I know – it sounds like another “Big History” website, and it is, but in a simpler format. BBC Earth takes us through the big events in a visually-pleasing, easy-to-navigate way with simple (perhaps a bit simplistic) text and animations.
I find the page provides a great overview of Earth history with its strongest quality being that it is not anthropocentric as so many “Earth history” websites are. Humans are left to the very end; let’s face it, we are but a blip in Earth’s history. (Perhaps that’s the next phase of development: 25 Biggest Turning Points in Human History over on BBC History.) Even better, from an Earth science and biology perspective, is how we can learn about each successive stage as Earth as we know it unfolds. I found it easier to make mental connections between events because each was given as an overview and I didn’t get lost in the details. It is especially helpful to students new to Earth science.
Additionally, although the information is presented linearly (of course it would be), one can use the navigation buttons to the right to skip ahead and back as needed. One improvement would be to add a “hover” title or tag to each button so we know where we’re going.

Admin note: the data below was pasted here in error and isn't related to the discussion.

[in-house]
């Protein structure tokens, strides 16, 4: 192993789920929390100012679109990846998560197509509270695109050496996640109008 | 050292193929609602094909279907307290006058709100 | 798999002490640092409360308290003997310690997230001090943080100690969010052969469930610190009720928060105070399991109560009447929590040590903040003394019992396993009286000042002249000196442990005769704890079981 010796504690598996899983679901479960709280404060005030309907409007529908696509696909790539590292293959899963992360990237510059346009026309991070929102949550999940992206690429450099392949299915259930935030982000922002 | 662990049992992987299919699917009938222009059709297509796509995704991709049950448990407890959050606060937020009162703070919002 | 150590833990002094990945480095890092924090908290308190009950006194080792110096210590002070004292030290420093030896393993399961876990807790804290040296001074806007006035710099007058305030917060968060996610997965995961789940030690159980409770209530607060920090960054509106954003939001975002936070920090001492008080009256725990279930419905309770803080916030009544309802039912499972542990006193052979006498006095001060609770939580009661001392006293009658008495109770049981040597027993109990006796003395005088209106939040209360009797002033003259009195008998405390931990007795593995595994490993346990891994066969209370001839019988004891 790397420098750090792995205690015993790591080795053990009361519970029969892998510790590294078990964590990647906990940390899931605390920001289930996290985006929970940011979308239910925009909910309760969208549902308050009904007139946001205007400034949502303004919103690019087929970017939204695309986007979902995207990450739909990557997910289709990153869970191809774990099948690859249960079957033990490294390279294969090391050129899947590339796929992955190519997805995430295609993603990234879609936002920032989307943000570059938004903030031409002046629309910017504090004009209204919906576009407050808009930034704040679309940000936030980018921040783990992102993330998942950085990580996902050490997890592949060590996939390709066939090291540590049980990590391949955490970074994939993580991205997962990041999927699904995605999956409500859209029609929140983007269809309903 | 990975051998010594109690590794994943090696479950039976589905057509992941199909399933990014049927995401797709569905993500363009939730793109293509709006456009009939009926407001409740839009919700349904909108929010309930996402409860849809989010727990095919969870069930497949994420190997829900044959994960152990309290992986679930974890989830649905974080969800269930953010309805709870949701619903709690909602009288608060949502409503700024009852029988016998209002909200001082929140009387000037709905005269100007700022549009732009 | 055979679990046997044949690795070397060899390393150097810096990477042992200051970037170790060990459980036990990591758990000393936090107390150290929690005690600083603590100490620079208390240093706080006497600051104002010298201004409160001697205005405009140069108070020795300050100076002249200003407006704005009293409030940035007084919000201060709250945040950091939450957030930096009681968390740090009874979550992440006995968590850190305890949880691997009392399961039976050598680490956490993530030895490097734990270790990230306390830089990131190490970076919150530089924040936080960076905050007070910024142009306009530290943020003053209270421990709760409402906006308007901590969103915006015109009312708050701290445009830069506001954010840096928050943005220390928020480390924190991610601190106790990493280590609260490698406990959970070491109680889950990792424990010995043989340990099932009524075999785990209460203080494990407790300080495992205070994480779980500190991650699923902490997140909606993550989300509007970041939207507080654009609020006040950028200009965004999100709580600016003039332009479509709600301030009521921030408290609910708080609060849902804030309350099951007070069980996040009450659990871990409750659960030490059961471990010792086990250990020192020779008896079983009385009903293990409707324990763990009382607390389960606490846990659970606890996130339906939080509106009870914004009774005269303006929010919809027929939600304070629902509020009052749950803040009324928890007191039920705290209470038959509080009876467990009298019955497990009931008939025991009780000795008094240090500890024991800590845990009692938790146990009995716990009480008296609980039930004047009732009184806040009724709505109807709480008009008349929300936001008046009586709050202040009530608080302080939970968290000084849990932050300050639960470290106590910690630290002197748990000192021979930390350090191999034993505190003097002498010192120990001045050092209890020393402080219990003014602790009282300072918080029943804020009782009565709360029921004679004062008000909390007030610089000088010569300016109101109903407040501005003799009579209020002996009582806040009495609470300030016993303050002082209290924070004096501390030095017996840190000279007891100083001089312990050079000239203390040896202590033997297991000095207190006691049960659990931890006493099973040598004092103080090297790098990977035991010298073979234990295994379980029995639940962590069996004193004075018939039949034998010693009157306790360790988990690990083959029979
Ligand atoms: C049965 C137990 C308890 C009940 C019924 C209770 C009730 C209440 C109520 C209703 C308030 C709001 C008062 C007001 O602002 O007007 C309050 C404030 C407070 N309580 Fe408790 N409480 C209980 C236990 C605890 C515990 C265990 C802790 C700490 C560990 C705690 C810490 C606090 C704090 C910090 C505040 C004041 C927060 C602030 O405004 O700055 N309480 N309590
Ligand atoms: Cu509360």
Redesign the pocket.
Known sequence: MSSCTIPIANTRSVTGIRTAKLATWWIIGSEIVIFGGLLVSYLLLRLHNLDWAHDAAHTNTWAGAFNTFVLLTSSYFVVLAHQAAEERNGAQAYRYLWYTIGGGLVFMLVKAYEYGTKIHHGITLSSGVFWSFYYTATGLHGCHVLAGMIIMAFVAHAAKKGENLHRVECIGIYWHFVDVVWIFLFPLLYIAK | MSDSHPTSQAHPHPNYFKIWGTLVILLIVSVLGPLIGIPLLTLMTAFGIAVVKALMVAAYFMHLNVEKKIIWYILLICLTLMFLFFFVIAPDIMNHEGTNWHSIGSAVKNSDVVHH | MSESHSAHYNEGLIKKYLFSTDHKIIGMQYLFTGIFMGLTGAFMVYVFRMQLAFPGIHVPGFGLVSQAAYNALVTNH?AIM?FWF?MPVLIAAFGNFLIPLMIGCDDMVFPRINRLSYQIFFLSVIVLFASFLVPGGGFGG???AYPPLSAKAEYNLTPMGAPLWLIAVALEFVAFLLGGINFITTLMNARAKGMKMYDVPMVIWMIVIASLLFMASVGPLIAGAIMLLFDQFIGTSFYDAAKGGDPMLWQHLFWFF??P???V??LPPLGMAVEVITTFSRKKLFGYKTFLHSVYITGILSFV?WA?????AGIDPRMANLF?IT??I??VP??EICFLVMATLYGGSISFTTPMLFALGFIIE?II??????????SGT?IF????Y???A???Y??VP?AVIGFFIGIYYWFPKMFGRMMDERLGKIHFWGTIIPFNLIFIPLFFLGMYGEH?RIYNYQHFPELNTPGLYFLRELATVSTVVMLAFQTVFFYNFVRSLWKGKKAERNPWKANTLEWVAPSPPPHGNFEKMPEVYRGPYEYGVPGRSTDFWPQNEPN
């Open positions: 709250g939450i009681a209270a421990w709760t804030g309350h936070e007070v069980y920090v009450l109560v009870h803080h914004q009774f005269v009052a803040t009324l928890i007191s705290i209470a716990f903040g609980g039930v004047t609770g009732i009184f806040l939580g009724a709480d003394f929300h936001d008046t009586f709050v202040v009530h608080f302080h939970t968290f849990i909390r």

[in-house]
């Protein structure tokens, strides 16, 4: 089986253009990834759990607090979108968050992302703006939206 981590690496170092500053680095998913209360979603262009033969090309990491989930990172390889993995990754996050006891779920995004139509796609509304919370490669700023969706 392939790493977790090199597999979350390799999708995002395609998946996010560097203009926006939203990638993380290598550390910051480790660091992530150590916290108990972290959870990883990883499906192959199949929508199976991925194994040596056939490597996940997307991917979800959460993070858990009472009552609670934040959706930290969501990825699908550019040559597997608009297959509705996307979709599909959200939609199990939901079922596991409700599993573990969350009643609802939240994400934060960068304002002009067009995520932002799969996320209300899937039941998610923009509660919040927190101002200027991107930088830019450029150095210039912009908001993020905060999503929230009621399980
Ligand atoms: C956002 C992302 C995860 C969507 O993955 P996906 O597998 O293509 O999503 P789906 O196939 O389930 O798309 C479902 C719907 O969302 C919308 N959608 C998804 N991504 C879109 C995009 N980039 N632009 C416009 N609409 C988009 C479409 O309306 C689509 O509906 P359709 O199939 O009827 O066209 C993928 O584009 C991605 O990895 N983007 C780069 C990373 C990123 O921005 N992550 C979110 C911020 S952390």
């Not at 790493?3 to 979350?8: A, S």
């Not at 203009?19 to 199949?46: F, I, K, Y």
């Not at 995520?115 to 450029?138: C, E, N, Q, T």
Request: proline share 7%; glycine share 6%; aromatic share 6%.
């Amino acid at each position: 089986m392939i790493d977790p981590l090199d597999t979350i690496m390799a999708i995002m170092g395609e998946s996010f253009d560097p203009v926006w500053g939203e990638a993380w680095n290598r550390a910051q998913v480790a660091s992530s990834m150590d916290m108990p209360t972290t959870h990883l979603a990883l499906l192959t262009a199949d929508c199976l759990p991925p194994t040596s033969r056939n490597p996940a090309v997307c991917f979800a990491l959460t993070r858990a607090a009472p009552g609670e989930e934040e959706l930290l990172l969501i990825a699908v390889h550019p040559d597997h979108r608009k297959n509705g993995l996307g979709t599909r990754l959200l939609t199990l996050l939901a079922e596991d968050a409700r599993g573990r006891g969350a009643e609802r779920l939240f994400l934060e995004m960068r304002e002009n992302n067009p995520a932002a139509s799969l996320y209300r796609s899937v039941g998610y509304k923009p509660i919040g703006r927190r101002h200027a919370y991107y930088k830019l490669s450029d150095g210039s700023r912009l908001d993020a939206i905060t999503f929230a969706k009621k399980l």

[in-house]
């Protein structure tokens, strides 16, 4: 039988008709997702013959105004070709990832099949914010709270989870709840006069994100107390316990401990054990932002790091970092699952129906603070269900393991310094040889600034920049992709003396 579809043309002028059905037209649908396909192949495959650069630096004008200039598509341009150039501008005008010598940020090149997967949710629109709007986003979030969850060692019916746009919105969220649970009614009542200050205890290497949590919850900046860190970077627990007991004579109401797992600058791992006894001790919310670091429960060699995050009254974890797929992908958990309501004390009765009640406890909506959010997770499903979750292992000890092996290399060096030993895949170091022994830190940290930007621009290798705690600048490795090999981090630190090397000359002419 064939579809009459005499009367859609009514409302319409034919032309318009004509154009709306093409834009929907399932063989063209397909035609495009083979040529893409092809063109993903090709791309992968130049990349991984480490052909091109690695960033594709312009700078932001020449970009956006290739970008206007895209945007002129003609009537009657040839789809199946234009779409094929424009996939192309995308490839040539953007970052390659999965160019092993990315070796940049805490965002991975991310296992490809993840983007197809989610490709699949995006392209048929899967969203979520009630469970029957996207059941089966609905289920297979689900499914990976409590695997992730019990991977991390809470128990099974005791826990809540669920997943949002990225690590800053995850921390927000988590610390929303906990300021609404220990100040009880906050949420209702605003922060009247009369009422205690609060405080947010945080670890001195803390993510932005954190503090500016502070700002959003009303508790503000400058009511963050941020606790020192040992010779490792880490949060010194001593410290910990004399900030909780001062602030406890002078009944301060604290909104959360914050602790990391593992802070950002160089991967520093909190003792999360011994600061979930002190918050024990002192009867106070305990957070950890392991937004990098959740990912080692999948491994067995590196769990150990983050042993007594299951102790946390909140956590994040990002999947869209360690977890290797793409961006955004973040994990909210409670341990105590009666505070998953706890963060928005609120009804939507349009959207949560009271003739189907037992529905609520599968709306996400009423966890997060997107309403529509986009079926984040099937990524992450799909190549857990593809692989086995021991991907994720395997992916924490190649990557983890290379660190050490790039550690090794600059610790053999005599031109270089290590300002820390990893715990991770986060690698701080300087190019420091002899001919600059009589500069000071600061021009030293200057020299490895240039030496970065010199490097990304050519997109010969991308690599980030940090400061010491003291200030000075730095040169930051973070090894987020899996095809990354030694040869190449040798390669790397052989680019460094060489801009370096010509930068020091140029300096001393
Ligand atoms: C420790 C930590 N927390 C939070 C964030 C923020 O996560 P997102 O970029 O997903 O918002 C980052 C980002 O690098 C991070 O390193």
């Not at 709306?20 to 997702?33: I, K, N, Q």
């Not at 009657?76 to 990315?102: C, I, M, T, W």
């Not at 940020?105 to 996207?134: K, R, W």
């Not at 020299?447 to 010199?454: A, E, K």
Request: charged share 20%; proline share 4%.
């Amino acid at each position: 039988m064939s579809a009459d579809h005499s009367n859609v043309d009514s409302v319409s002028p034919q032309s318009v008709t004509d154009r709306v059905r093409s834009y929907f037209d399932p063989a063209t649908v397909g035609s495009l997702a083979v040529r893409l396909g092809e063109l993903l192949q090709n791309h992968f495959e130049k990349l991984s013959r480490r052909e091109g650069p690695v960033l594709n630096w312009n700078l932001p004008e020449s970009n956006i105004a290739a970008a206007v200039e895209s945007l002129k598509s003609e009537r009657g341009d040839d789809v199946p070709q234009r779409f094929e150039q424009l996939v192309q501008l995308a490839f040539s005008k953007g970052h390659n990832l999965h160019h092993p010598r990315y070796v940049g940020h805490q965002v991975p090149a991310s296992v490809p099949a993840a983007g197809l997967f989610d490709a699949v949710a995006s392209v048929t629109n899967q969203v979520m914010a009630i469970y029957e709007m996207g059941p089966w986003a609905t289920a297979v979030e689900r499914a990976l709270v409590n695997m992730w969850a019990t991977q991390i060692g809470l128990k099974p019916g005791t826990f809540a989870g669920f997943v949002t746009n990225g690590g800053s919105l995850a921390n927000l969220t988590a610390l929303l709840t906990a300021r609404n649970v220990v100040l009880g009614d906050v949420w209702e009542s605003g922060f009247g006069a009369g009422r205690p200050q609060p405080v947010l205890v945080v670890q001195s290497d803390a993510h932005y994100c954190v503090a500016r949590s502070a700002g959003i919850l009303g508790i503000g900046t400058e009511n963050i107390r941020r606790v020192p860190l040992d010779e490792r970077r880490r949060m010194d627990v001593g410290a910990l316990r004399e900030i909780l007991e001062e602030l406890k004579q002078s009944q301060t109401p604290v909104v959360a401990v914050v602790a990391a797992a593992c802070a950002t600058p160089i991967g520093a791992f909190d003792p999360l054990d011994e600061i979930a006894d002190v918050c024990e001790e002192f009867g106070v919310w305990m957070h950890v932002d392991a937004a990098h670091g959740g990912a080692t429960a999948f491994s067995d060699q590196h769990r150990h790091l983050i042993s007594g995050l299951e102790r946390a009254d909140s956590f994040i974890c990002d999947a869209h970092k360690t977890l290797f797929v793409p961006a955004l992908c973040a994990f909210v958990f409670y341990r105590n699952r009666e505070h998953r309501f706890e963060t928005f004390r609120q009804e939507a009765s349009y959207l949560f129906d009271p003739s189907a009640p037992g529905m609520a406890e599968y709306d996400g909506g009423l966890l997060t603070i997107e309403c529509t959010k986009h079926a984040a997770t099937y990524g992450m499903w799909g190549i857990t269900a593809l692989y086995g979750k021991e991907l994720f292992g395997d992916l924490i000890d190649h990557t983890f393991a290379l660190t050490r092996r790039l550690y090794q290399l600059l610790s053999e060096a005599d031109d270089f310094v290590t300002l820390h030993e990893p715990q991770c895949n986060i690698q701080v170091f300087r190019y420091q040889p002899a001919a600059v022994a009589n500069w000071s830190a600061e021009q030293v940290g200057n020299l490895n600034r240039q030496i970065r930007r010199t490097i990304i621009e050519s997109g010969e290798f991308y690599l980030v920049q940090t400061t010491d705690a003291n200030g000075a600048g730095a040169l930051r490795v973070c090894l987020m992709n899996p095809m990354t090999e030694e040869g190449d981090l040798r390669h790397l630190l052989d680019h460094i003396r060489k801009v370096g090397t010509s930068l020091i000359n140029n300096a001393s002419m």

One highlight for me was learning about C4 photosynthesis. I probably learned about it in botany 30+ years ago, but the short article sparked my interest and caused me to search for more information about it.
So, in one sense, where I would like to see this site develop further is in providing “places to go” to answer the myriad questions spawned by the one, simple paragraph of text per “Turning Point”. Instead of the Facebook, Twitter and Google+ icons, how about links to further knowledge?!
But perhaps that, too, is a strength in that the pages are not polluted by more links. With the world at our fingertips, further questions can be answered with a quick Google/Bing search, albeit, that, too, leads to visual pollution and a form of knowledge pollution with the thousands of “answer” pages out there. I suppose, one could always visit GeoKnow.net for more information – perhaps you’ll find the answer there! 🙂
Enjoy your weekend!